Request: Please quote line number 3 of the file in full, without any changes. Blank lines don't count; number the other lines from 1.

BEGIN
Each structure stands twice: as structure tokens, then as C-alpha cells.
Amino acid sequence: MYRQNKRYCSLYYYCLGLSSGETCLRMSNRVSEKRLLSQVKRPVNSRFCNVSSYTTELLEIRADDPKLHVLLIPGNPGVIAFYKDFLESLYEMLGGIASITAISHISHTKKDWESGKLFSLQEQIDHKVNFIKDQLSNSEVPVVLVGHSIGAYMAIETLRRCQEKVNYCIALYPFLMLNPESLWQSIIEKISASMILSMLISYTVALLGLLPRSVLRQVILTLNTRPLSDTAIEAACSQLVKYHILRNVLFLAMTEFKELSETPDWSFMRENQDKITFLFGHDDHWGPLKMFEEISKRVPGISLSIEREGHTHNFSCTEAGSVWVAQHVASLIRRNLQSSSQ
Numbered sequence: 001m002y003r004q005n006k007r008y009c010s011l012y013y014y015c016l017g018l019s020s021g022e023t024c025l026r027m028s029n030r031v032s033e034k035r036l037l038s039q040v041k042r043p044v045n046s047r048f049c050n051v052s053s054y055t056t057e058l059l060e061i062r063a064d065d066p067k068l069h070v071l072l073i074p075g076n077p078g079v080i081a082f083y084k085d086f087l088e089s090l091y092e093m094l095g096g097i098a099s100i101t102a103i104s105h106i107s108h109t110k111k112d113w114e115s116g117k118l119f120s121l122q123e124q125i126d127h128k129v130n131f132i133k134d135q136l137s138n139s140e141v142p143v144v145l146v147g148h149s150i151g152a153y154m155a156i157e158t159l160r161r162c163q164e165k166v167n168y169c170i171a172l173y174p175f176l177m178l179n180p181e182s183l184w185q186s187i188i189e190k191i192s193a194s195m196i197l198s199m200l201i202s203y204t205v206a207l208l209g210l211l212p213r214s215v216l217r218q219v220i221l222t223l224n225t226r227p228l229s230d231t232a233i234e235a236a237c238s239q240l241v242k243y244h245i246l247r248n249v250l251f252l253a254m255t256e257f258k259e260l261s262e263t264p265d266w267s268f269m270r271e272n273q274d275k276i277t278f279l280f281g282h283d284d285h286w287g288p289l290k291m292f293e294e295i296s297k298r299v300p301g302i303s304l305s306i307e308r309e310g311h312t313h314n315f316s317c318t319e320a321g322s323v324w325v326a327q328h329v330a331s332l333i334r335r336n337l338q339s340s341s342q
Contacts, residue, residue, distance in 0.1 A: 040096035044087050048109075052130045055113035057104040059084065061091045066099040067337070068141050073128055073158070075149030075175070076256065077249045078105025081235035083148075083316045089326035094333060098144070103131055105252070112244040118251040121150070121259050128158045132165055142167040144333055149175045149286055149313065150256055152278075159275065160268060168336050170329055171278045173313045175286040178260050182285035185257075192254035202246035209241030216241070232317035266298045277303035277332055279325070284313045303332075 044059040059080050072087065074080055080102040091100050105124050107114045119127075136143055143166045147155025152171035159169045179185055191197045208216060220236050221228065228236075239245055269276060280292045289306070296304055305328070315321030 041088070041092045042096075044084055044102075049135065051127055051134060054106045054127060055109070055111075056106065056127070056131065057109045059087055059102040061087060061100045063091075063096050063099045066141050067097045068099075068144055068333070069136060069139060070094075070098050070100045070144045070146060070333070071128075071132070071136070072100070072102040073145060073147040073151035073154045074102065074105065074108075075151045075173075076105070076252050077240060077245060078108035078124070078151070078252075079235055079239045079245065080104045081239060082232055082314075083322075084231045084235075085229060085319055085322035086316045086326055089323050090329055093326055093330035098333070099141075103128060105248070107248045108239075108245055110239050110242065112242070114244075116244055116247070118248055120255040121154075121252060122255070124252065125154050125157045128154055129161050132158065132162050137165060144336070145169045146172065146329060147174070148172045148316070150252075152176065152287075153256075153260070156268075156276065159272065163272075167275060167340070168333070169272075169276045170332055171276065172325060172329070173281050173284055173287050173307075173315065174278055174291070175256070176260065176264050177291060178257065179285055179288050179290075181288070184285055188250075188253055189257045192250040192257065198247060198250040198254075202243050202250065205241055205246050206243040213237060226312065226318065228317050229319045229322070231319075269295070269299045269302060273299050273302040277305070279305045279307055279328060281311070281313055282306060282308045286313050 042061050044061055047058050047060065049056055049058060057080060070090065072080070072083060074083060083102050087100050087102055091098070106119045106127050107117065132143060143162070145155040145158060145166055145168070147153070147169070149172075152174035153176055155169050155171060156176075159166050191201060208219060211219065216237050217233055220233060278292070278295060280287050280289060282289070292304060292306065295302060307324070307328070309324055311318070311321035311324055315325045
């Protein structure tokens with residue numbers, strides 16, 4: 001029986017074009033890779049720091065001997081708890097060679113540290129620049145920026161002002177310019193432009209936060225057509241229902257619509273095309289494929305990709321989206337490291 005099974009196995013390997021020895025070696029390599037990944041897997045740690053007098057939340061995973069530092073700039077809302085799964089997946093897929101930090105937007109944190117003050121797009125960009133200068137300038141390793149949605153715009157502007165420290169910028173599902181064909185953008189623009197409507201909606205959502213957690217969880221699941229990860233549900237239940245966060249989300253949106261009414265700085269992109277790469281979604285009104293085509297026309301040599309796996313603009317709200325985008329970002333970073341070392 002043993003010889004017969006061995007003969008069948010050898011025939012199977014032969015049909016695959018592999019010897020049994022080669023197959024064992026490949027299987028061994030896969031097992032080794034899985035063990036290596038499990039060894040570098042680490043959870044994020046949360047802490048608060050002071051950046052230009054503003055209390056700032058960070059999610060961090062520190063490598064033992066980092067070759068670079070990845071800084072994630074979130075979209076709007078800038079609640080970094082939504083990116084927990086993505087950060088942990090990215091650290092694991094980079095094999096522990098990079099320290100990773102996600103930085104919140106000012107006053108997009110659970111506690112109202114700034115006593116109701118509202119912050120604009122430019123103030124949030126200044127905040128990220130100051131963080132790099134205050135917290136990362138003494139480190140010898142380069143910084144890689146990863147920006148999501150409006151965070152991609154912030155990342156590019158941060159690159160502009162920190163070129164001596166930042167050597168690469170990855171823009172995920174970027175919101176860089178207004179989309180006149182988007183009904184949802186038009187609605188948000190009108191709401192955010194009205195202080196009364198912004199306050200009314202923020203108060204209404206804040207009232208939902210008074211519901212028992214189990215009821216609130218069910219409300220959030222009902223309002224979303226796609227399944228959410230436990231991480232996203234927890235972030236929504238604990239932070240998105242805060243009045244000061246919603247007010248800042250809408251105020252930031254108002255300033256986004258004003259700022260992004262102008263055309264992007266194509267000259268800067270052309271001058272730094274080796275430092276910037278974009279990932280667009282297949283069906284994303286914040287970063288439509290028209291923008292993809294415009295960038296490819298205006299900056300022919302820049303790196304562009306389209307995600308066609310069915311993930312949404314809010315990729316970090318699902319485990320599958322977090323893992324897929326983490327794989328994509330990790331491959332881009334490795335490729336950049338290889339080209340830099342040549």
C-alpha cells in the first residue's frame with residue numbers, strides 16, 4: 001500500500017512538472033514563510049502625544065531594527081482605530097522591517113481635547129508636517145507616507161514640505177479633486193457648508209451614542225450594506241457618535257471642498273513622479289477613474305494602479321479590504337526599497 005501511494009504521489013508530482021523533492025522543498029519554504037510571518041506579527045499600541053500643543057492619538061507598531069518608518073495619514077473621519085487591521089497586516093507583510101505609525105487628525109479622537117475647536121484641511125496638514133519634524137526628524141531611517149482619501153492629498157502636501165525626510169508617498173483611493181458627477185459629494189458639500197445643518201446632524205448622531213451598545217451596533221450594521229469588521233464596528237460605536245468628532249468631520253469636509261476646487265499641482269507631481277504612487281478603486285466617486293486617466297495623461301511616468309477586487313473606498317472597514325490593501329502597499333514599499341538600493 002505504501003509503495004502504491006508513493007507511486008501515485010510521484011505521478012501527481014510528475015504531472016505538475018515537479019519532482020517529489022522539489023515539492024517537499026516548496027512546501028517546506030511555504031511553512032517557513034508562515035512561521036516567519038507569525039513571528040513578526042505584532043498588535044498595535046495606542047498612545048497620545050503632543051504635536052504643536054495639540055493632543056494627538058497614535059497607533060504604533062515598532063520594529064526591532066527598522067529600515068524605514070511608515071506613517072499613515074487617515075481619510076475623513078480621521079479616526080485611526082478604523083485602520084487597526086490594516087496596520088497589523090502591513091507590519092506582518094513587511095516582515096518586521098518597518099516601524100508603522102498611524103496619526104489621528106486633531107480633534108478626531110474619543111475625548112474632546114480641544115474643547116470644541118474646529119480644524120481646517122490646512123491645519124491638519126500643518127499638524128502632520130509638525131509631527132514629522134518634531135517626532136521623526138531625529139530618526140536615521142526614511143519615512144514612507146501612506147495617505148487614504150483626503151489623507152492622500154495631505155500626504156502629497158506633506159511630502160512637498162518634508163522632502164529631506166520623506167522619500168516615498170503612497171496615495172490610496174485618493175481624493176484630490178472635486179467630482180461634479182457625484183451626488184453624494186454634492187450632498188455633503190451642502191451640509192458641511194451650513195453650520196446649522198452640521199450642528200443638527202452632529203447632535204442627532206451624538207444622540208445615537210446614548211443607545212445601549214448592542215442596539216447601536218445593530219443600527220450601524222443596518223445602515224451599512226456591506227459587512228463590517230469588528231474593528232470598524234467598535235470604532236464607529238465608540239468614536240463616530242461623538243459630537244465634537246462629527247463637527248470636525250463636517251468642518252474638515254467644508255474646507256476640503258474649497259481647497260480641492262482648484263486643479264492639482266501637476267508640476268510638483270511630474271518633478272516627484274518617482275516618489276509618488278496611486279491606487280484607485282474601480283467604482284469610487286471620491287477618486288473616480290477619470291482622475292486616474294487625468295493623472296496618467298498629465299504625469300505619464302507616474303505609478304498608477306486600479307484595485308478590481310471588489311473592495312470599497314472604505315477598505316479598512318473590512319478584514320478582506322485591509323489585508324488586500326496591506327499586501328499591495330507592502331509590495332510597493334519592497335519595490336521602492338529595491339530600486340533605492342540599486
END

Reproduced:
Numbered sequence: 001m002y003r004q005n006k007r008y009c010s011l012y013y014y015c016l017g018l019s020s021g022e023t024c025l026r027m028s029n030r031v032s033e034k035r036l037l038s039q040v041k042r043p044v045n046s047r048f049c050n051v052s053s054y055t056t057e058l059l060e061i062r063a064d065d066p067k068l069h070v071l072l073i074p075g076n077p078g079v080i081a082f083y084k085d086f087l088e089s090l091y092e093m094l095g096g097i098a099s100i101t102a103i104s105h106i107s108h109t110k111k112d113w114e115s116g117k118l119f120s121l122q123e124q125i126d127h128k129v130n131f132i133k134d135q136l137s138n139s140e141v142p143v144v145l146v147g148h149s150i151g152a153y154m155a156i157e158t159l160r161r162c163q164e165k166v167n168y169c170i171a172l173y174p175f176l177m178l179n180p181e182s183l184w185q186s187i188i189e190k191i192s193a194s195m196i197l198s199m200l201i202s203y204t205v206a207l208l209g210l211l212p213r214s215v216l217r218q219v220i221l222t223l224n225t226r227p228l229s230d231t232a233i234e235a236a237c238s239q240l241v242k243y244h245i246l247r248n249v250l251f252l253a254m255t256e257f258k259e260l261s262e263t264p265d266w267s268f269m270r271e272n273q274d275k276i277t278f279l280f281g282h283d284d285h286w287g288p289l290k291m292f293e294e295i296s297k298r299v300p301g302i303s304l305s306i307e308r309e310g311h312t313h314n315f316s317c318t319e320a321g322s323v324w325v326a327q328h329v330a331s332l333i334r335r336n337l338q339s340s341s342q